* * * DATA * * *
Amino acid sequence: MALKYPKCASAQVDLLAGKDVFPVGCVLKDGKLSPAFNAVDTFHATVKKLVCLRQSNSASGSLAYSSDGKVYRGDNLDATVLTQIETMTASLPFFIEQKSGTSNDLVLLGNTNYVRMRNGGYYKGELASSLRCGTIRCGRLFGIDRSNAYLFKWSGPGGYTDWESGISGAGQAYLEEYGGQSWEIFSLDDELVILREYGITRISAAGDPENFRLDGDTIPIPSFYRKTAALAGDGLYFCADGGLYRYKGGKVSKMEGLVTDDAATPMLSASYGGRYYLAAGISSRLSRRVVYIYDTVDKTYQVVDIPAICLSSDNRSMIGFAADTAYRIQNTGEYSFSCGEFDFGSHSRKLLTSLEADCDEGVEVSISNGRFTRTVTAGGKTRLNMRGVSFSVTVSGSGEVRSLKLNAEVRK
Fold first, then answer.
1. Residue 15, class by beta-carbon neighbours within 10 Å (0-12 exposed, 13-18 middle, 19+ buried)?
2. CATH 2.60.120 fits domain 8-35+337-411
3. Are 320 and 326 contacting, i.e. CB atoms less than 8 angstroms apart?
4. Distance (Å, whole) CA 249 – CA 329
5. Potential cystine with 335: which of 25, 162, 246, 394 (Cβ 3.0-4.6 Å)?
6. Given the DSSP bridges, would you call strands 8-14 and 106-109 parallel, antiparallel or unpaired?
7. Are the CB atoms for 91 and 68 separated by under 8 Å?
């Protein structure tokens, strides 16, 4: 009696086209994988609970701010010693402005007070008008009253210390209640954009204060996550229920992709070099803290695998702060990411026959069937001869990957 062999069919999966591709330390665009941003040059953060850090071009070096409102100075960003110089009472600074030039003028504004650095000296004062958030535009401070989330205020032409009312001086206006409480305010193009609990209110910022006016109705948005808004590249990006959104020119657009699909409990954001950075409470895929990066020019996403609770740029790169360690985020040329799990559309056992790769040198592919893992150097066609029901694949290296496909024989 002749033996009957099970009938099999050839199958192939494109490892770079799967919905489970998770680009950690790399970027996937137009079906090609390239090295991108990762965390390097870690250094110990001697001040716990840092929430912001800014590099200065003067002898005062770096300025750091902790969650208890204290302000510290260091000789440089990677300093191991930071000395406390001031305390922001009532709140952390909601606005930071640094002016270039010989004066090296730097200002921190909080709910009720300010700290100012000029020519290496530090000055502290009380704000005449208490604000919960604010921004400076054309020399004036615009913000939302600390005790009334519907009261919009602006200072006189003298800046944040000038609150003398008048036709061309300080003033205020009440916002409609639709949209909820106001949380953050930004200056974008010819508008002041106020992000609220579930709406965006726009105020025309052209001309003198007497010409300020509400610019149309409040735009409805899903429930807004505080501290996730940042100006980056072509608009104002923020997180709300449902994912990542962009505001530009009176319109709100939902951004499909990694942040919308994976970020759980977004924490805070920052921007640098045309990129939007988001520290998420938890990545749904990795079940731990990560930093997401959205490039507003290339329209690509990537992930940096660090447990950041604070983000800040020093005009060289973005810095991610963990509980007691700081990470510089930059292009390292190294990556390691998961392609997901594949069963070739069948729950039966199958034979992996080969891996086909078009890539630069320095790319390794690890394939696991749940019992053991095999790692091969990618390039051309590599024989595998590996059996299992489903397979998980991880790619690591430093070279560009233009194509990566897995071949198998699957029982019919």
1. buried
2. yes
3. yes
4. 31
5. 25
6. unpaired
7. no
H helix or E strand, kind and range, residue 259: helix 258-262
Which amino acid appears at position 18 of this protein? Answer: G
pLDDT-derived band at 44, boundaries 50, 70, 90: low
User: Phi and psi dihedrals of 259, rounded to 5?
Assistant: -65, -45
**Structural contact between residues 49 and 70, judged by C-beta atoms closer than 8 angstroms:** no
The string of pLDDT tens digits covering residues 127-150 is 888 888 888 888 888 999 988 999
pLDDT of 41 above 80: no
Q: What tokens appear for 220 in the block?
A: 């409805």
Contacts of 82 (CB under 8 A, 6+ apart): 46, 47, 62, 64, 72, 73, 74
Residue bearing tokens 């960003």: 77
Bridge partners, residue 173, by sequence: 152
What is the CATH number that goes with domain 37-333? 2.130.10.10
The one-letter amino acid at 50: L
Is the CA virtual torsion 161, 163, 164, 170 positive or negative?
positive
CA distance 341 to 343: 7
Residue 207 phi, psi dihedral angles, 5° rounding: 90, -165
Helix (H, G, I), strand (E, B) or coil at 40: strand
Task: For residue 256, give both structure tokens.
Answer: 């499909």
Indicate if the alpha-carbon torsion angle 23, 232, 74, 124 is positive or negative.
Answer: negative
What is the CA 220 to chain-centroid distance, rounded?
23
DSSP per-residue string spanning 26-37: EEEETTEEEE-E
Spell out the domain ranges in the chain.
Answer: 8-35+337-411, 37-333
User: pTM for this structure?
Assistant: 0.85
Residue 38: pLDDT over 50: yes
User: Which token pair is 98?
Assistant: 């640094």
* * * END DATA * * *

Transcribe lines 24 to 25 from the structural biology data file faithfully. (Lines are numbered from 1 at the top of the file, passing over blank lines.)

The string of pLDDT tens digits covering residues 127-150 is 888 888 888 888 888 999 988 999
pLDDT of 41 above 80: no